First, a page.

Reconsider recreational plan for Boone Creek
Beneficial use and pleasurable appreciation. That's what I think of when imagining the multiple benefits the proposed Boone Creek Outdoor recreation area has to offer.
I believe this well-crafted, financially feasible investment in both our land and community can serve as a fine example of properly utilizing Kentucky's natural areas and providing ample educational and recreational opportunities for our nature-starved youth.
For those people who don't subscribe to Lexington's culture of "the laziest city in America" (Mens Health), this is the project we have been waiting on. I applaud Burgess Carey, the entrepreneur behind this project, for having the forethought to fill this wholly underserved niche.
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For opponents concerned with potential environmental degradation, his proven stewardship for the land came years ago when he cleaned up leaking fuel tanks from a former truck stop along Boone Creek, funded partially from membership sales, allowing access to the stream's intact fishery.
Therefore, remaining challenges to this project stem mostly from misunderstanding about the intent and equipment used and legal barriers unfortunately pegged on this project.
Zip-lines and hiking trails are a far stretch from loud generators powering carnival music and roller coasters.
Therefore, I hope city officials and neighborhood associations opposing this project can overcome these differences and understand the true value of Carey's efforts in bringing outdoor recreational opportunities to the Bluegrass region.
For decades the rich have been getting richer as everyone else has had declining wages and benefits. Rich corporations lay off thousands of workers and then give themselves million-dollar bonuses.
That's not class warfare, that's class abuse. It is not warfare until the lower classes start fighting back.
When you hear Republicans and the super-rich complain about class warfare, remember that they want a return to docile lower classes who are willing to let the rich abuse them; they don't want us fighting back.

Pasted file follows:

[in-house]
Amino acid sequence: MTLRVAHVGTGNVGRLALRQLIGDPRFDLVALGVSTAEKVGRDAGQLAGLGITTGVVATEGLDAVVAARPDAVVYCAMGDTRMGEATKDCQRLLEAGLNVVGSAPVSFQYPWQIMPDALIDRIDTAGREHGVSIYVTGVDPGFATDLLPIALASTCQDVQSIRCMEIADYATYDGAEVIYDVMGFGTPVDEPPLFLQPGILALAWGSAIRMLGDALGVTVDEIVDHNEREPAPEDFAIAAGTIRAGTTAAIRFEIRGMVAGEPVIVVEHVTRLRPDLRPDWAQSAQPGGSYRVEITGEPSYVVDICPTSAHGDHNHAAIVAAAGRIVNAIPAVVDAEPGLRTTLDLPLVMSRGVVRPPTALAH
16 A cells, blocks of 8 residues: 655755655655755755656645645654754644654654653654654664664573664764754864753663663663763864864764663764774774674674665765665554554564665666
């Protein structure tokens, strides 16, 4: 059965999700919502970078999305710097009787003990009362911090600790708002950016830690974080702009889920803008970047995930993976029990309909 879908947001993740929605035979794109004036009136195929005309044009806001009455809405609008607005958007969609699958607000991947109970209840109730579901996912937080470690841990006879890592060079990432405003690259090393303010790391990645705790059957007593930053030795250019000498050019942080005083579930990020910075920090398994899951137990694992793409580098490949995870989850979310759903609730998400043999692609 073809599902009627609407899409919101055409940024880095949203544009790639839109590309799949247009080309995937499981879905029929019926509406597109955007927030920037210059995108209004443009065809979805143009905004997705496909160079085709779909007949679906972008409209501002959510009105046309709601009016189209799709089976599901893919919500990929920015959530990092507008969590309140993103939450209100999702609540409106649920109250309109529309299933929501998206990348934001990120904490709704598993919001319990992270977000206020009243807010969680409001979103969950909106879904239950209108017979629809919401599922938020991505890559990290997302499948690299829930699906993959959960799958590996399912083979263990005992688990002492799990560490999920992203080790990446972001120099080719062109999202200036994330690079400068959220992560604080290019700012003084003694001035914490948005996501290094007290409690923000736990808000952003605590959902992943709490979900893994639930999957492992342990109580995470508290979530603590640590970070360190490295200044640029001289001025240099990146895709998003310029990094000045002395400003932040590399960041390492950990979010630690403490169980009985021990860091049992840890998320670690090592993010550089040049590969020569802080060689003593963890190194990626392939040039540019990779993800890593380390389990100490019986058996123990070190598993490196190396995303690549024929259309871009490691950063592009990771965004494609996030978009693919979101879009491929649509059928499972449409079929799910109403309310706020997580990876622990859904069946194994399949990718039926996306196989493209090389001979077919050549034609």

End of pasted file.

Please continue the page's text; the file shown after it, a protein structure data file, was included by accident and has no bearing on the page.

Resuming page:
It is only warfare when both sides are fighting.
Embrace the monster
It would be unthinkable to get rid of any part of the three-headed monster referred to by Coach John Calipari: the games with the University of North Carolina, Indiana University and University of Louisville.
These games are against traditional powers with which we should continue to have court battles.
UNC is right behind the University of Kentucky in all-time wins. They enjoy the rivalry as much as we do. Indiana has always been a thorn in UK's side and should be dispatched from our borders by an annual game that dates back to the days when the Baron was our coach.
U of L hates being the "little brother" to UK and has a chip on its shoulder that needs to be reckoned with on a yearly basis.
The Big Blue Nation wants and needs these games as part of the UK schedule. If you ask the BBN, say take a survey, the BBN would tell you to eliminate some of the powder puff teams that we always play instead of one or two of the three-headed monster.
I was dismayed but not surprised by the lack of positive response by Republican members of Congress to various statements made by our (and their) president during his State of the Union message.
If a statement like "there's nothing Americans cannot do" doesn't get applause from our esteemed Sen. Mitch McConnell, what on Earth would?
It seems to me this is the height of partisan hypocrisy: Preaching that America is the best in the world, but denying it with lack of applause when it is stated by a president who is a member of the opposing party.
I guess this is just another stage in McConnell's strategy of "our first priority is to make Obama a one-term president" plan.
We continue to see how much more important state workers are than we normal people who work everyday.
They had to have a holiday off to celebrate the inauguration of the governor.
This is in addition to the fact that they get almost twice as many holidays, sick days and vacation days as the average Joe and Jane workers. These government employees are people who contribute nothing to the economy and are a drain on the taxpayers.
Oh, well, if they are off from work, the only damage they are doing us is drawing pay for the time off. They are not drawing up new regulations and laws at home.
Donald R. Fugette
Set some limits
We need a new kind of public servant. The Founding Fathers didn't expect our representatives to make lifetime careers in Washington.
The current system encourages isolation from reality back home, susceptibility to corruption and excess influence by lobbyists.
Too much time is spent running for re-election instead of tending to the people's business.
Six years should be enough time for Congress members to fulfill their civic duty and to come home and live under the laws that they have enacted.
Sunday I read in your newspaper about a man who would like to be the leader of our nation. I had planned on trying to help him with my vote. However, he has now lost it by saying, "I'm not concerned about the very poor."
I suppose that in his arrogance he feels that the very poor have no say-so in this matter of selecting a leader.
I am not in the class he speaks of, but neither will I vote for a man who does not believe that all men are created equal.